The best in-game experience in sports is about to get even better.
It'll be impossible for Predators fans to miss Bridgestone Arena's newest toy when they enter the building and step into the bowl this fall with more than 4.2 million new LED pixels hanging above the ice.
Under construction for the past few weeks, a massive center-hung scoreboard will be fully operational in time for the 2019-20 season, and it's going to be spectacular.
With the old Megatron that had occupied the building since the 2007-08 season now dismantled and shipped out, the new structure boasts a 292 percent increase in primary board size, a 424 percent increase in resolution and a 1,787 percent increase in the number of LED pixels compared to the previous scoreboard.
Translation - it's going to be awesome.
"I'm really excited about it for a lot of reasons, but the first one is it's the first tangible project we're doing as a result of the new [30-year] lease, so that alone is pretty exciting," Predators President and CEO Sean Henry said. "The first project we're doing coming out of the lease might not be the biggest project we ever do, but it's one of the most passion-filled projects you'll do. The scoreboard should represent the passion of the fans, their connectivity to the game and how we all consume it differently now."
Make no mistake - this new scoreboard, as is the case with a majority of buildings around the NHL nowadays - is a behemoth, but it won't be overwhelming. In an age where everyone wants to have the biggest and best of everything, the Predators didn't see that path as their top option when they began designing the board more than three years ago.
"The first question we're always asked is, 'Oh my gosh, is it going to be the biggest one out there? And we laugh and say, 'It's not going to be the biggest one,' and we don't shy away from that," Henry said. "Instead, it's going to be the best one for us, and that's really important. Every building is a little different, and our building has one of the most unique architectures I've ever seen… Because of that, you don't want to build the biggest one, you want to build the one that connects with our fans the most, and that's what it's going to be. It's going to be a true representation of how our fans celebrate our game."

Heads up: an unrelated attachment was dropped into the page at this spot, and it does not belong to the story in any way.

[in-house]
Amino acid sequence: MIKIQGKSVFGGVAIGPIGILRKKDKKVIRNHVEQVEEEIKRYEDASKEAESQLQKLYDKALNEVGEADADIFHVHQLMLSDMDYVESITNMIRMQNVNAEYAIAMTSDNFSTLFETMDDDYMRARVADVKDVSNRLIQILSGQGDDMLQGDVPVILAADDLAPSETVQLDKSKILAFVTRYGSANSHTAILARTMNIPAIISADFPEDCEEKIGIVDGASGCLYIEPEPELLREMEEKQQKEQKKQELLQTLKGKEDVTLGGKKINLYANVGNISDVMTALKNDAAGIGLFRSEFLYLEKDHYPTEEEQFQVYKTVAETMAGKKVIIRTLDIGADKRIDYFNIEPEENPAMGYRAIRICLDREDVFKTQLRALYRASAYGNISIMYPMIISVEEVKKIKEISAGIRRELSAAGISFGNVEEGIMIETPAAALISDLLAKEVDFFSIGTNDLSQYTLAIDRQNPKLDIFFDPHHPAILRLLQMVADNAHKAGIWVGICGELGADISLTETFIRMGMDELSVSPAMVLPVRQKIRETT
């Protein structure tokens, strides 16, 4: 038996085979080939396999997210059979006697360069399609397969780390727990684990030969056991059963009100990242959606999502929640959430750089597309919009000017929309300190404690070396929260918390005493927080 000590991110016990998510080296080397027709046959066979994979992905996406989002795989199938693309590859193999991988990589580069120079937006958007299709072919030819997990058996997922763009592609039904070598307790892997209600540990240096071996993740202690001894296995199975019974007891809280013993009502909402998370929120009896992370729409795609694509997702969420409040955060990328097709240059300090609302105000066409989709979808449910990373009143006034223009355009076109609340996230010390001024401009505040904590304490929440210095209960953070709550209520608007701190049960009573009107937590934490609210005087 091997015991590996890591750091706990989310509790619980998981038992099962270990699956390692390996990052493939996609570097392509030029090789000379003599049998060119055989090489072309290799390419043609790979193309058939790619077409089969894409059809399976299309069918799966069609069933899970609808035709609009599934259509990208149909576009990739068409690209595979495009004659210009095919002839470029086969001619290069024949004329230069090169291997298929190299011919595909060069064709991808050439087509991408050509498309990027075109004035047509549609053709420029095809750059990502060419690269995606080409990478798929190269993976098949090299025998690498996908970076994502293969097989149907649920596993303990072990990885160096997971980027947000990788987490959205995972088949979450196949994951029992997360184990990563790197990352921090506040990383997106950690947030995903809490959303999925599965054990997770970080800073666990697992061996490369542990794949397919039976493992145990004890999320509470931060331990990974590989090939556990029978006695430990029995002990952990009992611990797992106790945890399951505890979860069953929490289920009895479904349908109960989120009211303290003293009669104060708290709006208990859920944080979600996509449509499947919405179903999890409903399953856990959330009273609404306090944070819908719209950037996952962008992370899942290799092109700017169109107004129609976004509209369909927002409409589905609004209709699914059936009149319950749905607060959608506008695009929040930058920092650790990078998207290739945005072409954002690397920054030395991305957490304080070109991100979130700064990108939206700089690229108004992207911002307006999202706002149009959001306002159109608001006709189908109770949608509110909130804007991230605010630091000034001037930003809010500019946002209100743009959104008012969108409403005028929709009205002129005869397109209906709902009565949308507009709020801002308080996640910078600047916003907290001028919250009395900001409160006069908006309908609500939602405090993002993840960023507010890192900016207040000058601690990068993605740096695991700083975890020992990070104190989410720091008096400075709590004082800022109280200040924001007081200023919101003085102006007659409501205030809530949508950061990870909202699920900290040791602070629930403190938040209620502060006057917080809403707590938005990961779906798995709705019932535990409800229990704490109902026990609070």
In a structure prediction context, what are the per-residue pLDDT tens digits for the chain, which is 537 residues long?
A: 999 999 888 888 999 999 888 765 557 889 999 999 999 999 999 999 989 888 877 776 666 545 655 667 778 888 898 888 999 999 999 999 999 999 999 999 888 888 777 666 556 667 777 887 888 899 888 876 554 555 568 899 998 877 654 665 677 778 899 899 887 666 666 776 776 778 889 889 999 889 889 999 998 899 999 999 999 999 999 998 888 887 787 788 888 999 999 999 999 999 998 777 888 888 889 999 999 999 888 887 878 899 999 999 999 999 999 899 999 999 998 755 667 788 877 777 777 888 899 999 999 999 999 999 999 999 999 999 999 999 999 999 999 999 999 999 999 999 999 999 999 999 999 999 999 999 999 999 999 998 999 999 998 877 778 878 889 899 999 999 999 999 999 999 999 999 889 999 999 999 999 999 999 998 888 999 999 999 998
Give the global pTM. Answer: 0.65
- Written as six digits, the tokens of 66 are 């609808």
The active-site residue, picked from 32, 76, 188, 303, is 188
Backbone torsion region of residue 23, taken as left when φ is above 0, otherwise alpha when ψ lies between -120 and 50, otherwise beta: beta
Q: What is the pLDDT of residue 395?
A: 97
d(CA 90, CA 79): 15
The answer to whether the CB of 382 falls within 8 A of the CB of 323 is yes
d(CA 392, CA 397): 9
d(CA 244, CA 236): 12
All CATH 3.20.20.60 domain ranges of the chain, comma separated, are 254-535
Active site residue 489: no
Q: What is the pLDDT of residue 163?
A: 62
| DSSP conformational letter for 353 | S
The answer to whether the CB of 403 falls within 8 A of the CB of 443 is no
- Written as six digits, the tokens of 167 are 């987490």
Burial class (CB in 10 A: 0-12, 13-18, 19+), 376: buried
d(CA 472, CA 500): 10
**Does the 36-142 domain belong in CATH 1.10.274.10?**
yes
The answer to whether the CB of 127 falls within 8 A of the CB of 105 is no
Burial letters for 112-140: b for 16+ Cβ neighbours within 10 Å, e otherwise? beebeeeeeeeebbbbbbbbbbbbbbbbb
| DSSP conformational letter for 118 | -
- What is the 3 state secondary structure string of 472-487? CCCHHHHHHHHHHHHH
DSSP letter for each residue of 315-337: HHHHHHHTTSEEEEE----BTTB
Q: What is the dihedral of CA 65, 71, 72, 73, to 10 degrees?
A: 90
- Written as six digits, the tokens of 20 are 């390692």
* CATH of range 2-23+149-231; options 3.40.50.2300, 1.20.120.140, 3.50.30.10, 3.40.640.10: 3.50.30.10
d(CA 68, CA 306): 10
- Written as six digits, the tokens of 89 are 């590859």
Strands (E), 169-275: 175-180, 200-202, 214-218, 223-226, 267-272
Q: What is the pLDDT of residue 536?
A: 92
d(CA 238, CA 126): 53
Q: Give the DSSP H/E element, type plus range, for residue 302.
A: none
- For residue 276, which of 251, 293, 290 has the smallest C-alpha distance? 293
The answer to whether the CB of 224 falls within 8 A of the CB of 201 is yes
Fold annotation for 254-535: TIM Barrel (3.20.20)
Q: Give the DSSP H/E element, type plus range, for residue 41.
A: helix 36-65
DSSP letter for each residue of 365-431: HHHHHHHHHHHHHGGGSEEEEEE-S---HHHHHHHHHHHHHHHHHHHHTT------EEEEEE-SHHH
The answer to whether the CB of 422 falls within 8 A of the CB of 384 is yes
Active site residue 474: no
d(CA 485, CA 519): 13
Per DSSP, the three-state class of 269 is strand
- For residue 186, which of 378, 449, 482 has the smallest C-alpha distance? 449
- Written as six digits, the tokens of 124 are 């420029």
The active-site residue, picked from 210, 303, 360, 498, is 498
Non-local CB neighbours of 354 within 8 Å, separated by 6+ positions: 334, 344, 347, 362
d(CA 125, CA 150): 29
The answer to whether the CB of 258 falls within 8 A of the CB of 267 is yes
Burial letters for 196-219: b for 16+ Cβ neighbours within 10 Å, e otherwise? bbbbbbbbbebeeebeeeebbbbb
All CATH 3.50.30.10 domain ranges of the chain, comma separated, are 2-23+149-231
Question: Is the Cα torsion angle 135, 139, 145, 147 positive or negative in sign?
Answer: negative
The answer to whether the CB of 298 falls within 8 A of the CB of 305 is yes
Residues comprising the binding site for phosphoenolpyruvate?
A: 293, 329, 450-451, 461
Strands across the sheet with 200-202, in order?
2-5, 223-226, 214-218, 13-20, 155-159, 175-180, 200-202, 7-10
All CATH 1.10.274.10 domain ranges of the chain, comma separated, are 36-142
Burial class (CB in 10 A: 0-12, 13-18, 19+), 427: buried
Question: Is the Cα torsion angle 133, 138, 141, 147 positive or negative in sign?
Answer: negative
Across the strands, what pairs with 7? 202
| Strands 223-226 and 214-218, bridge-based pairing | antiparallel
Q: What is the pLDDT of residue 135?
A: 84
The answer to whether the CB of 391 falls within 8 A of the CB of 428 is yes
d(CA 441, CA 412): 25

Those celebrations will come in the form of goals and wins, of course, but the scoreboard's impact will be felt throughout the game, no matter the situation. Henry says the board will feature new capabilities to display on-ice stats in real time, including shots on goal, shift times and more. Replays will come with greater regularity, and different in-game elements will be showcased to the crowd in ways never before seen in Nashville.
The new board is also much lighter in weight than the previous version which will allow better rigging for concerts and other events at the arena, as well as special effects additions during the Stanley Cup Playoffs.
Additionally, smaller screens on the underbelly of the structure will allow for fans seated close to the ice - and players on the benches - to have a better view of the action.
"The real important part for us and what we designed was in a lot of other buildings - and I'm sure it's right for them - but I find myself watching the entire game on their video board because it's so large, and we don't want that," Henry said. "We want people watching the game on the ice and then reflecting up to the board for a replay, or maybe the puck is on the far end of the ice and you want to watch that instead for a different type of view. Again, for us, it isn't the biggest, it's what we think is the best for us."
Henry says there will be a number of runs, particularly in the preseason, for game operations staff to get everything just right, and there will be constant tweaking as the full capabilities are put into motion. The Preds plan on taking feedback from fans as well, holding focus groups and reviewing what works and what can be done better.
However, one thing is certain - the experience of a Predators game at Bridgestone Arena will never be the same, and that's a very good thing.
"We already know we have the best fans in sports, and this is just one more element we can add to give them the best show we possibly can," Henry said. "When you love a team, you want to know the team has the best food, experiences, services, cares most about the fans, and best team of course, too, so I think when you have an opportunity to put something like this in, you want to make sure you do it the right way. You're excited that you're getting something new, but you want to make sure it pays off when our fans come and see if for the first time."